Long before Stephen Dedalus's excursions into "Nighttown" in James Joyce's Ulysses, Dublin was proud of its lively after-hours scene, particularly its thriving pubs. But the now tamed Celtic Tiger economy, once the envy of all Europe, turned Dublin into one of the most happening destinations on the whole continent. Things have calmed down in the last few years, but the city's 900-plus pubs are still its main source of entertainment; many public houses in the city center have live music—from rock to jazz to traditional Irish.

Theater is an essential element of life in the city that was home to O'Casey, Synge, W.B. Yeats, and Beckett. Today Dublin has seven major theaters that reproduce the Irish "classics," and also present newer fare from the likes of Martin McDonagh and Conor McPherson. Opera, long overlooked, now has a home in the restored old Gaiety Theatre.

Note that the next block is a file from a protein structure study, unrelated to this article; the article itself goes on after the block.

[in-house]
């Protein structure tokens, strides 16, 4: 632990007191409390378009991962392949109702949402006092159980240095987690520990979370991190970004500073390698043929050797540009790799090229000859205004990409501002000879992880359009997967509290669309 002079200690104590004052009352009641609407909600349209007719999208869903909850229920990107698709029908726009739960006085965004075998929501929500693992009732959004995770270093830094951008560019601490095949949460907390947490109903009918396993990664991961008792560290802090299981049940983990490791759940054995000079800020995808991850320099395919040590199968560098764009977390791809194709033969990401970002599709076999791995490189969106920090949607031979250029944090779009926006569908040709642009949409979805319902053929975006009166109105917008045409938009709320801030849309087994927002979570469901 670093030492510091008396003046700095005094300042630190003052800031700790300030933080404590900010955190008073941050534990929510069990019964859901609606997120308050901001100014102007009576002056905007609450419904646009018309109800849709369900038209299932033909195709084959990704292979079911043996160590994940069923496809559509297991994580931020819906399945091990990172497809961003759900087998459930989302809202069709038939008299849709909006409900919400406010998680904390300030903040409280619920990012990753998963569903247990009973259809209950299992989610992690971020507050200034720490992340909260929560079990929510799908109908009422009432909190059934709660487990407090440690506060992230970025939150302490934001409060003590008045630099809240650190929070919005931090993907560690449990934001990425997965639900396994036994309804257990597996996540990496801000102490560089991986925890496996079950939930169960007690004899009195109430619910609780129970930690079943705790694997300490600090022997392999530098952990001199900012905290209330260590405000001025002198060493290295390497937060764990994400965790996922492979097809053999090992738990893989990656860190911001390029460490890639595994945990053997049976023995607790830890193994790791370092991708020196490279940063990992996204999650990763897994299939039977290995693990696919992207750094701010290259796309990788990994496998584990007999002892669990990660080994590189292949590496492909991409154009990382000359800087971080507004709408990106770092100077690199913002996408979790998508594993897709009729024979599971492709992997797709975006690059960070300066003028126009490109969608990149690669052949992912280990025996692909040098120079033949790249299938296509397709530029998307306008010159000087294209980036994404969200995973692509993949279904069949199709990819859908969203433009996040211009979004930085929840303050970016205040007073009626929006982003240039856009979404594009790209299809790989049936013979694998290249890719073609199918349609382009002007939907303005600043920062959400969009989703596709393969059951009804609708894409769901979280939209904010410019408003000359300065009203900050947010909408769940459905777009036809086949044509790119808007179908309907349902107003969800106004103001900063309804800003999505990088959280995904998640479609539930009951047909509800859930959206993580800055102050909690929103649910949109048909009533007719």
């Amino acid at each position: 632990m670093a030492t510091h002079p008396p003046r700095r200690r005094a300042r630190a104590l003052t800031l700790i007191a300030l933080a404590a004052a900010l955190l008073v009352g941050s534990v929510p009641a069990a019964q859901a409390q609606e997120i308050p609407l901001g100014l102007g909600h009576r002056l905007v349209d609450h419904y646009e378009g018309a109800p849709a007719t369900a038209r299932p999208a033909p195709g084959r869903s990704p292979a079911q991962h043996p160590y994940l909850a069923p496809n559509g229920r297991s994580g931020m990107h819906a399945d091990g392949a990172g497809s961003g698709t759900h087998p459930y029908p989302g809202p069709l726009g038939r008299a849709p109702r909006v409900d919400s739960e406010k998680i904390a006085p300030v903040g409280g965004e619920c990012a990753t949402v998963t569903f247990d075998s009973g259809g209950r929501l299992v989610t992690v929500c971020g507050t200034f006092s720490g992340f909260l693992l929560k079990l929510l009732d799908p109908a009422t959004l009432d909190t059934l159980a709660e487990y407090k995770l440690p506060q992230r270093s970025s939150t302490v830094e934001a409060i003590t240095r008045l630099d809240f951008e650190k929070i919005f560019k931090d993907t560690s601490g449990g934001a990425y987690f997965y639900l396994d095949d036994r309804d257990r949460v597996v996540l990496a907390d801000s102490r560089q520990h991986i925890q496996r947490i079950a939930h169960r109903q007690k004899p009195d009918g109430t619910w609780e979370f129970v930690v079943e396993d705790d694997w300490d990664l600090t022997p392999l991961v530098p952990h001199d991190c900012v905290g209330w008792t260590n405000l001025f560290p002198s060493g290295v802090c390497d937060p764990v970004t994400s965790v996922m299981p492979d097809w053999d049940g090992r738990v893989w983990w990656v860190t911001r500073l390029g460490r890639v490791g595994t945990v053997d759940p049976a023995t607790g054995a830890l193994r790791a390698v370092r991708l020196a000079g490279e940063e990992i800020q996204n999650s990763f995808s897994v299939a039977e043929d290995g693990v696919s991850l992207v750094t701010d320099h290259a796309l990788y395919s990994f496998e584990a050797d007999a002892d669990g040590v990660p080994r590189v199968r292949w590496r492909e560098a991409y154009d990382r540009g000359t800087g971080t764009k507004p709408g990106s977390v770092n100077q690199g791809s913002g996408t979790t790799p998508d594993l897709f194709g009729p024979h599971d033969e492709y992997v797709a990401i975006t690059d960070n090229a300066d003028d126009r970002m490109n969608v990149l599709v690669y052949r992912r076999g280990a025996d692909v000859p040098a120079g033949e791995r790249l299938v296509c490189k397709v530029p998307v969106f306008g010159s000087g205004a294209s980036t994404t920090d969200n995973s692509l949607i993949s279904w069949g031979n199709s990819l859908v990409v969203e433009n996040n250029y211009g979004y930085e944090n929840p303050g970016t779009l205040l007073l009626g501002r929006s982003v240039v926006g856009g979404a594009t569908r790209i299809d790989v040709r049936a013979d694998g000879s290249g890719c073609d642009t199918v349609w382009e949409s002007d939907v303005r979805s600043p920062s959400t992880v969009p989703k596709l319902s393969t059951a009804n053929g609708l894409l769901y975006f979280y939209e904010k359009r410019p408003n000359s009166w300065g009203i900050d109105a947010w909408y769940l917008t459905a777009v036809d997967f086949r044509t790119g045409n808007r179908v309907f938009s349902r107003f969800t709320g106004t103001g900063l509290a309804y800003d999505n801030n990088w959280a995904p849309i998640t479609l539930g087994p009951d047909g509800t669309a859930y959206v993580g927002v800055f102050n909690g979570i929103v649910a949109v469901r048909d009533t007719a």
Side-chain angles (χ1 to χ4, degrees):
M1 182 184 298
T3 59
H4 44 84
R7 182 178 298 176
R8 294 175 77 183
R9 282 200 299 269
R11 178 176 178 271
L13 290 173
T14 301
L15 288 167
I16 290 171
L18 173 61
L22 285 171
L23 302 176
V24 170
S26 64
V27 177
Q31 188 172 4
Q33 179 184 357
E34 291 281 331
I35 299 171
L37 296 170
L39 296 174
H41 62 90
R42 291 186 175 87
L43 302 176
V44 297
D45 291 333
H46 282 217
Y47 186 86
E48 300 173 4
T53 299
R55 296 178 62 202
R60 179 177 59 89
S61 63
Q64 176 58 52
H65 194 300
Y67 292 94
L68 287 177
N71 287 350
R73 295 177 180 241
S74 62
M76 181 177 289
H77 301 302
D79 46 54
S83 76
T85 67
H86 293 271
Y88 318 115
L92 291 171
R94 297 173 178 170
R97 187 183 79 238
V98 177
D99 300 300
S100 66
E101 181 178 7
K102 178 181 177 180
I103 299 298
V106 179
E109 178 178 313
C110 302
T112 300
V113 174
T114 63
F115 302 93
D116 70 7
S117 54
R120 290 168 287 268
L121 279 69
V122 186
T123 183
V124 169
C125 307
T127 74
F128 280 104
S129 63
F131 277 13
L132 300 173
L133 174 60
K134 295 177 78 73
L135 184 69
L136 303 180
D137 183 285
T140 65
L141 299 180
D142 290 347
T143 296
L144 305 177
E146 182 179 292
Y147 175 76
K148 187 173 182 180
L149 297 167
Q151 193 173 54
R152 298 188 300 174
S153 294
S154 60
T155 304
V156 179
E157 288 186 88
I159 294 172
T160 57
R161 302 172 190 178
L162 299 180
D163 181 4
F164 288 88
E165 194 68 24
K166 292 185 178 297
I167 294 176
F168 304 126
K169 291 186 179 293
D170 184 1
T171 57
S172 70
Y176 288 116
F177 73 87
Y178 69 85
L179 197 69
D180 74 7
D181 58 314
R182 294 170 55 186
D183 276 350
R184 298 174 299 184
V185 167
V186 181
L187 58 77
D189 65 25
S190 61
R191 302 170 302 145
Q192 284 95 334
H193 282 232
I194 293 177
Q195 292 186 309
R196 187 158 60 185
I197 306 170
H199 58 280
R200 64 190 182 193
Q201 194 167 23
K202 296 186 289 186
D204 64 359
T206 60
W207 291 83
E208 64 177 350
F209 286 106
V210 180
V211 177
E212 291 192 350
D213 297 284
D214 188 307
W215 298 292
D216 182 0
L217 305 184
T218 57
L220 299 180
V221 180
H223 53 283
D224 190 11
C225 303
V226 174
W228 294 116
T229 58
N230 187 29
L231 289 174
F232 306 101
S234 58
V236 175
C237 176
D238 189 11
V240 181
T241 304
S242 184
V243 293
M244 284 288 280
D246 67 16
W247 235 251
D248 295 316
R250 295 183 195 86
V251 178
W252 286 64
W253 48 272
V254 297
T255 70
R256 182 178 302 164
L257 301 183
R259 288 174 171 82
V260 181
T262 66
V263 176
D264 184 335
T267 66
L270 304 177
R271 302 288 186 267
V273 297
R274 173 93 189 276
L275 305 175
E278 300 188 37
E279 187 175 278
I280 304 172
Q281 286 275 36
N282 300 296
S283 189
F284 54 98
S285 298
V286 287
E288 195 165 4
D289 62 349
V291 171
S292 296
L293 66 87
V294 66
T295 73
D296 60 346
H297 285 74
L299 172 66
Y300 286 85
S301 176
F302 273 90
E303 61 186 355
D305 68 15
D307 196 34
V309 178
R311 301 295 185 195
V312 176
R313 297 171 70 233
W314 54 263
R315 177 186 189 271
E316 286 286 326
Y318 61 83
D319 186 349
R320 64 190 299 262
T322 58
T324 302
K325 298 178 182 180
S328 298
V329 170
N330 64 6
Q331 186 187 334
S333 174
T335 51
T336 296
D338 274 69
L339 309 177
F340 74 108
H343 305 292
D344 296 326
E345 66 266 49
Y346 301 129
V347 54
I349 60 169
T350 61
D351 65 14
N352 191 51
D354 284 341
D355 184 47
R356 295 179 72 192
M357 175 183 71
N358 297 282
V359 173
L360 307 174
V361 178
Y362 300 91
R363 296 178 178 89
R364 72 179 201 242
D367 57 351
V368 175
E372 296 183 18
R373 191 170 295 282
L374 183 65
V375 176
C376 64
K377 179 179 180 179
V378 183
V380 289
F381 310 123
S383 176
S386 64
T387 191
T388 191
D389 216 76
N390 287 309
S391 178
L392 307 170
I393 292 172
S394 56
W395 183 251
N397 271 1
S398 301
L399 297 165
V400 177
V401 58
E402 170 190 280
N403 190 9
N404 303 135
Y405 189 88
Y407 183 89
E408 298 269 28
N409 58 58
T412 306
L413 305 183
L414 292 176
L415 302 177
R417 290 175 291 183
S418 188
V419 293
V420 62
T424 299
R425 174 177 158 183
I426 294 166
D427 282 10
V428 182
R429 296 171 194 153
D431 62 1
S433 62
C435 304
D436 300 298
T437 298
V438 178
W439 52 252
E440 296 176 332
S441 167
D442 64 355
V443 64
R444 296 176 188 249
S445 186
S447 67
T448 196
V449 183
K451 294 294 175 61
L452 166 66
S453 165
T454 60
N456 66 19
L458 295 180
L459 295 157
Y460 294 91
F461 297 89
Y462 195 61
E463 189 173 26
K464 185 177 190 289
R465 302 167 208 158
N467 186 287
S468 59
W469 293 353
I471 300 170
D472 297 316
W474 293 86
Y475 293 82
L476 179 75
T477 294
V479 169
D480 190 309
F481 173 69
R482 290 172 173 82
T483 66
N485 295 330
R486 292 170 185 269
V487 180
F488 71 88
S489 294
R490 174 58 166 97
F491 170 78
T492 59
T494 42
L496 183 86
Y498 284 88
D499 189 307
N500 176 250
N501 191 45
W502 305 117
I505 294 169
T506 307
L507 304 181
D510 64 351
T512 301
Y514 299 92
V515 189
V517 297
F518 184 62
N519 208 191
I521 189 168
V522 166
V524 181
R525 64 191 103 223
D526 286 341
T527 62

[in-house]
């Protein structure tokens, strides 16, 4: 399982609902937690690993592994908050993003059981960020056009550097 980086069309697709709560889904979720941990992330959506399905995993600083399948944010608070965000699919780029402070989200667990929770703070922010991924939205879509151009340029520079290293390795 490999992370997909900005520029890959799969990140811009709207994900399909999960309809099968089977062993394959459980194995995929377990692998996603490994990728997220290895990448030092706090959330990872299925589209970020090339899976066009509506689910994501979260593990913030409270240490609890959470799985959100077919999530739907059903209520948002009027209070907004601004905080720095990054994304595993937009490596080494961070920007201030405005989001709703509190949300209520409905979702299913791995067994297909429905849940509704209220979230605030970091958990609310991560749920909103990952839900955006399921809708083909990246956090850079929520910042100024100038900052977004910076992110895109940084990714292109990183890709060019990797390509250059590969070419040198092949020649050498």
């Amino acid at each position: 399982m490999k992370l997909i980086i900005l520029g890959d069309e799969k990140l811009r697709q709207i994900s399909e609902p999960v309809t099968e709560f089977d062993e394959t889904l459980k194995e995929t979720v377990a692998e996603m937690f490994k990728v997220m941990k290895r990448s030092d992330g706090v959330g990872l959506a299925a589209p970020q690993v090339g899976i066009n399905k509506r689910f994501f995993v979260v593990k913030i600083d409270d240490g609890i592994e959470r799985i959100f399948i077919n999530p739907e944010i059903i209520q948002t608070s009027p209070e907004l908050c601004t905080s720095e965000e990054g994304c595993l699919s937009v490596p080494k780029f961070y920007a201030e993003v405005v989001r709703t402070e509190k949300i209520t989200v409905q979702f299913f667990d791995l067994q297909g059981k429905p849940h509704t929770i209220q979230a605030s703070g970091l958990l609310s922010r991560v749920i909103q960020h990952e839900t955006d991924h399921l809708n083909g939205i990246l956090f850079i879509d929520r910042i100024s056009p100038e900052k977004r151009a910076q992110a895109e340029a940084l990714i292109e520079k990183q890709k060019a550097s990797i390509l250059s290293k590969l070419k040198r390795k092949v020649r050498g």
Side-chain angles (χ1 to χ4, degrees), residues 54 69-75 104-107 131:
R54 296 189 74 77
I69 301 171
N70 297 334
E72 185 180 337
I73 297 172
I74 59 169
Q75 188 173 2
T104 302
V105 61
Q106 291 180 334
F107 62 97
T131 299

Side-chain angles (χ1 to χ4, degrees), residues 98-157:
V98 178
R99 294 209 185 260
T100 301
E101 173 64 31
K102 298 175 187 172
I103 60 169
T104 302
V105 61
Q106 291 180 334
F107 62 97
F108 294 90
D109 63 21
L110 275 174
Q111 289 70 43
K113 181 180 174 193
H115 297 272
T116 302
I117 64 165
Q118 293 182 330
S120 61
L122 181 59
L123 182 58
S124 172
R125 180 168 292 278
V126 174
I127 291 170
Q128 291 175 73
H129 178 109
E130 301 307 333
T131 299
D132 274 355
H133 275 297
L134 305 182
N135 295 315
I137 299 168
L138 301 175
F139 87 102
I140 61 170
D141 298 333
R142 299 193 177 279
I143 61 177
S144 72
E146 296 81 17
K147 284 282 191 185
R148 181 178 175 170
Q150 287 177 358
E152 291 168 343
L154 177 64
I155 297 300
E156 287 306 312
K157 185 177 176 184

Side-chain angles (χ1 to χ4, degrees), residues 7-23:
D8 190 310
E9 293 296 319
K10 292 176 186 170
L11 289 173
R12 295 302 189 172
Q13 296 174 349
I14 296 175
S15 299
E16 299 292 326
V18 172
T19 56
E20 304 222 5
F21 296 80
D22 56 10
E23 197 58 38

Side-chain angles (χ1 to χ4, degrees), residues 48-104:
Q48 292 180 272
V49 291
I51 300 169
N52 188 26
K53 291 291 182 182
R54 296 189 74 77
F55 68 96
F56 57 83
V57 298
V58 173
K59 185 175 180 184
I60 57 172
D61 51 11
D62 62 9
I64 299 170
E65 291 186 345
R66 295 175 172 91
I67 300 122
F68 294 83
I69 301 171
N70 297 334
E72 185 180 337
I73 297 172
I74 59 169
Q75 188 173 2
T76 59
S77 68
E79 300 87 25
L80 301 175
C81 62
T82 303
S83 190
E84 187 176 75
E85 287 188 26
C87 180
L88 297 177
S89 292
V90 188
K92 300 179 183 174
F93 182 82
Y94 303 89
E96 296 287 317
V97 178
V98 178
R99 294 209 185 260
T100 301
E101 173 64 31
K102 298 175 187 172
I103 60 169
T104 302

Check the Irish Times and the Evening Herald newspapers for event listings, as well the Big Issue and the Event Guide—weekly guides to film, theater, and musical events around the city. In peak season, consult the free Fáilte Ireland (Irish Tourist Board) leaflet "Events of the Week."

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